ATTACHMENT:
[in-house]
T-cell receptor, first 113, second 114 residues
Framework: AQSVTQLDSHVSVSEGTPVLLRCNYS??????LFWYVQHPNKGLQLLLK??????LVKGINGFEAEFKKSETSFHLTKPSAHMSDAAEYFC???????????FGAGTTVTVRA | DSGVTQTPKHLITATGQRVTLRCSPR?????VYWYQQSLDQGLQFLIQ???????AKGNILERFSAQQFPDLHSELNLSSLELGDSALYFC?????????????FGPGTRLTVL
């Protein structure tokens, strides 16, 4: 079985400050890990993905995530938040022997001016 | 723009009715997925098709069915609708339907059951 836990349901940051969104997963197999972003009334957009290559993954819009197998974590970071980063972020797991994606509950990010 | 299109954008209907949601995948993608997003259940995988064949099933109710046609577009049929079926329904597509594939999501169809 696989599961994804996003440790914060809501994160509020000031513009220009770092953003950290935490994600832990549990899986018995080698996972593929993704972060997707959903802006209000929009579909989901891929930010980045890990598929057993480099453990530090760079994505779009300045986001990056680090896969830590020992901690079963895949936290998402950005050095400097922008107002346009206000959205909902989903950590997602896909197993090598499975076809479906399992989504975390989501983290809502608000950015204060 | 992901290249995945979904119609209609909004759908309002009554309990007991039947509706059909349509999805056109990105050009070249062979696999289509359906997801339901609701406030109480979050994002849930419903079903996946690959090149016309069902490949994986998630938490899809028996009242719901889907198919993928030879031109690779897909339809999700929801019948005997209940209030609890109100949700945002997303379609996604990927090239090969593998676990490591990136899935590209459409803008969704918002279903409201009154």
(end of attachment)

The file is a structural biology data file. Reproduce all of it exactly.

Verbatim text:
[in-house]
T-cell receptor, first 113, second 114 residues
Framework: AQSVTQLDSHVSVSEGTPVLLRCNYS??????LFWYVQHPNKGLQLLLK??????LVKGINGFEAEFKKSETSFHLTKPSAHMSDAAEYFC???????????FGAGTTVTVRA | DSGVTQTPKHLITATGQRVTLRCSPR?????VYWYQQSLDQGLQFLIQ???????AKGNILERFSAQQFPDLHSELNLSSLELGDSALYFC?????????????FGPGTRLTVL
């Protein structure tokens, strides 16, 4: 079985400050890990993905995530938040022997001016 | 723009009715997925098709069915609708339907059951 836990349901940051969104997963197999972003009334957009290559993954819009197998974590970071980063972020797991994606509950990010 | 299109954008209907949601995948993608997003259940995988064949099933109710046609577009049929079926329904597509594939999501169809 696989599961994804996003440790914060809501994160509020000031513009220009770092953003950290935490994600832990549990899986018995080698996972593929993704972060997707959903802006209000929009579909989901891929930010980045890990598929057993480099453990530090760079994505779009300045986001990056680090896969830590020992901690079963895949936290998402950005050095400097922008107002346009206000959205909902989903950590997602896909197993090598499975076809479906399992989504975390989501983290809502608000950015204060 | 992901290249995945979904119609209609909004759908309002009554309990007991039947509706059909349509999805056109990105050009070249062979696999289509359906997801339901609701406030109480979050994002849930419903079903996946690959090149016309069902490949994986998630938490899809028996009242719901889907198919993928030879031109690779897909339809999700929801019948005997209940209030609890109100949700945002997303379609996604990927090239090969593998676990490591990136899935590209459409803008969704918002279903409201009154």